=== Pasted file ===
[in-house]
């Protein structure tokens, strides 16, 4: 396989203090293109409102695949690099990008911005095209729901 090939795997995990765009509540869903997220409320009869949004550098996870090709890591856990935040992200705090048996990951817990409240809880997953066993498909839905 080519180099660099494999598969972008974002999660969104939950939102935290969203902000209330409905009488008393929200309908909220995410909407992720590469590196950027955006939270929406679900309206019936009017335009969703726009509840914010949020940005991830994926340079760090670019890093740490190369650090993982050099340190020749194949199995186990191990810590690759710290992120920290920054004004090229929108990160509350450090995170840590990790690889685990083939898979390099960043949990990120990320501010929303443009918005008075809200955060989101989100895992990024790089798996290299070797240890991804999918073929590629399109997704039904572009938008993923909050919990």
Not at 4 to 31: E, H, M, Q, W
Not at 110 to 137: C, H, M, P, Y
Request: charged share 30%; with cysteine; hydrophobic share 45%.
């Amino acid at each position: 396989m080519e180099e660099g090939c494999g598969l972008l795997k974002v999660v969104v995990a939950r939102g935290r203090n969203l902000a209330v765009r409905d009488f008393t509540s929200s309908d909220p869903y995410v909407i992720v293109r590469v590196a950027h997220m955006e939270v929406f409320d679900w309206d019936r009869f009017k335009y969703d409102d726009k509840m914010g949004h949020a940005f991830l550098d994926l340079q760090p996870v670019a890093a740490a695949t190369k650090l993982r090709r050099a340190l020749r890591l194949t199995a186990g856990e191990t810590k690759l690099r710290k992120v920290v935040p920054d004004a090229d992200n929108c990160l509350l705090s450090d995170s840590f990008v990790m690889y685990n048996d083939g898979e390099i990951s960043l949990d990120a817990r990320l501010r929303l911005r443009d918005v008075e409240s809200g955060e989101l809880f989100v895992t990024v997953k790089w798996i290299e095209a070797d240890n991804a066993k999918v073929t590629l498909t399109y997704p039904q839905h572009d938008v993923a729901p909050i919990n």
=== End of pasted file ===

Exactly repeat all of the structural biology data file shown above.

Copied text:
[in-house]
């Protein structure tokens, strides 16, 4: 396989203090293109409102695949690099990008911005095209729901 090939795997995990765009509540869903997220409320009869949004550098996870090709890591856990935040992200705090048996990951817990409240809880997953066993498909839905 080519180099660099494999598969972008974002999660969104939950939102935290969203902000209330409905009488008393929200309908909220995410909407992720590469590196950027955006939270929406679900309206019936009017335009969703726009509840914010949020940005991830994926340079760090670019890093740490190369650090993982050099340190020749194949199995186990191990810590690759710290992120920290920054004004090229929108990160509350450090995170840590990790690889685990083939898979390099960043949990990120990320501010929303443009918005008075809200955060989101989100895992990024790089798996290299070797240890991804999918073929590629399109997704039904572009938008993923909050919990």
Not at 4 to 31: E, H, M, Q, W
Not at 110 to 137: C, H, M, P, Y
Request: charged share 30%; with cysteine; hydrophobic share 45%.
């Amino acid at each position: 396989m080519e180099e660099g090939c494999g598969l972008l795997k974002v999660v969104v995990a939950r939102g935290r203090n969203l902000a209330v765009r409905d009488f008393t509540s929200s309908d909220p869903y995410v909407i992720v293109r590469v590196a950027h997220m955006e939270v929406f409320d679900w309206d019936r009869f009017k335009y969703d409102d726009k509840m914010g949004h949020a940005f991830l550098d994926l340079q760090p996870v670019a890093a740490a695949t190369k650090l993982r090709r050099a340190l020749r890591l194949t199995a186990g856990e191990t810590k690759l690099r710290k992120v920290v935040p920054d004004a090229d992200n929108c990160l509350l705090s450090d995170s840590f990008v990790m690889y685990n048996d083939g898979e390099i990951s960043l949990d990120a817990r990320l501010r929303l911005r443009d918005v008075e409240s809200g955060e989101l809880f989100v895992t990024v997953k790089w798996i290299e095209a070797d240890n991804a066993k999918v073929t590629l498909t399109y997704p039904q839905h572009d938008v993923a729901p909050i919990n």